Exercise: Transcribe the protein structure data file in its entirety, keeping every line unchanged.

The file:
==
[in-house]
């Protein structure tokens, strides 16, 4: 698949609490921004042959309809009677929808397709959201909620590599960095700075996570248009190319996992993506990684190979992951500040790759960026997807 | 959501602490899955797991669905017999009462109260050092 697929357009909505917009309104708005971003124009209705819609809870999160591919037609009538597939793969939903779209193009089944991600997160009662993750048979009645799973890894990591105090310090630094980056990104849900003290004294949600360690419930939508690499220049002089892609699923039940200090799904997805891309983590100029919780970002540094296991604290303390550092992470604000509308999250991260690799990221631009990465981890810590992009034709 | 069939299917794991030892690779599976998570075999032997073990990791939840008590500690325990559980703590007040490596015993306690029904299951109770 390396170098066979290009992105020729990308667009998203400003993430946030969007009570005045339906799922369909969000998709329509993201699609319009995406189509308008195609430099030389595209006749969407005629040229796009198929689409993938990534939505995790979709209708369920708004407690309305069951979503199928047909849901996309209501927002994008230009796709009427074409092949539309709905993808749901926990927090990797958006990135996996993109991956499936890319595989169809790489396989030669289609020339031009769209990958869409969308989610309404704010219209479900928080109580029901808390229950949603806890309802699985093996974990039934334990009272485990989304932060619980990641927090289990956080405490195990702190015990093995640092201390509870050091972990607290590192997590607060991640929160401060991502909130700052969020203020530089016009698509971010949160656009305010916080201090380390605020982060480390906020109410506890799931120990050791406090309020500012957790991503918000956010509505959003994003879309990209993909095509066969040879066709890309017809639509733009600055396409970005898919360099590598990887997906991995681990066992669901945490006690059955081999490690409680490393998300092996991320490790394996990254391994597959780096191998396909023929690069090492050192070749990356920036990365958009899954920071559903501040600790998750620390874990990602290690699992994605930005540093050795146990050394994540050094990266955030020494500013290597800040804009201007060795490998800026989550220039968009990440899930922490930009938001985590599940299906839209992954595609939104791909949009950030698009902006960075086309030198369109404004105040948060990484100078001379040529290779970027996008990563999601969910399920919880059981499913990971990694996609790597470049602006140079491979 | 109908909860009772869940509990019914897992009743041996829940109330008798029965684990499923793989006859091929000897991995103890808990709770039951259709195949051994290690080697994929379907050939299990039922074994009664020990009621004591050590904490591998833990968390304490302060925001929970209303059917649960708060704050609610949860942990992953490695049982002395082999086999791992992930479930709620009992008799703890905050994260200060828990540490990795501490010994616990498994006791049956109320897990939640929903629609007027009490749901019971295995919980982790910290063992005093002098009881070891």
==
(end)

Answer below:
[in-house]
């Protein structure tokens, strides 16, 4: 698949609490921004042959309809009677929808397709959201909620590599960095700075996570248009190319996992993506990684190979992951500040790759960026997807 | 959501602490899955797991669905017999009462109260050092 697929357009909505917009309104708005971003124009209705819609809870999160591919037609009538597939793969939903779209193009089944991600997160009662993750048979009645799973890894990591105090310090630094980056990104849900003290004294949600360690419930939508690499220049002089892609699923039940200090799904997805891309983590100029919780970002540094296991604290303390550092992470604000509308999250991260690799990221631009990465981890810590992009034709 | 069939299917794991030892690779599976998570075999032997073990990791939840008590500690325990559980703590007040490596015993306690029904299951109770 390396170098066979290009992105020729990308667009998203400003993430946030969007009570005045339906799922369909969000998709329509993201699609319009995406189509308008195609430099030389595209006749969407005629040229796009198929689409993938990534939505995790979709209708369920708004407690309305069951979503199928047909849901996309209501927002994008230009796709009427074409092949539309709905993808749901926990927090990797958006990135996996993109991956499936890319595989169809790489396989030669289609020339031009769209990958869409969308989610309404704010219209479900928080109580029901808390229950949603806890309802699985093996974990039934334990009272485990989304932060619980990641927090289990956080405490195990702190015990093995640092201390509870050091972990607290590192997590607060991640929160401060991502909130700052969020203020530089016009698509971010949160656009305010916080201090380390605020982060480390906020109410506890799931120990050791406090309020500012957790991503918000956010509505959003994003879309990209993909095509066969040879066709890309017809639509733009600055396409970005898919360099590598990887997906991995681990066992669901945490006690059955081999490690409680490393998300092996991320490790394996990254391994597959780096191998396909023929690069090492050192070749990356920036990365958009899954920071559903501040600790998750620390874990990602290690699992994605930005540093050795146990050394994540050094990266955030020494500013290597800040804009201007060795490998800026989550220039968009990440899930922490930009938001985590599940299906839209992954595609939104791909949009950030698009902006960075086309030198369109404004105040948060990484100078001379040529290779970027996008990563999601969910399920919880059981499913990971990694996609790597470049602006140079491979 | 109908909860009772869940509990019914897992009743041996829940109330008798029965684990499923793989006859091929000897991995103890808990709770039951259709195949051994290690080697994929379907050939299990039922074994009664020990009621004591050590904490591998833990968390304490302060925001929970209303059917649960708060704050609610949860942990992953490695049982002395082999086999791992992930479930709620009992008799703890905050994260200060828990540490990795501490010994616990498994006791049956109320897990939640929903629609007027009490749901019971295995919980982790910290063992005093002098009881070891």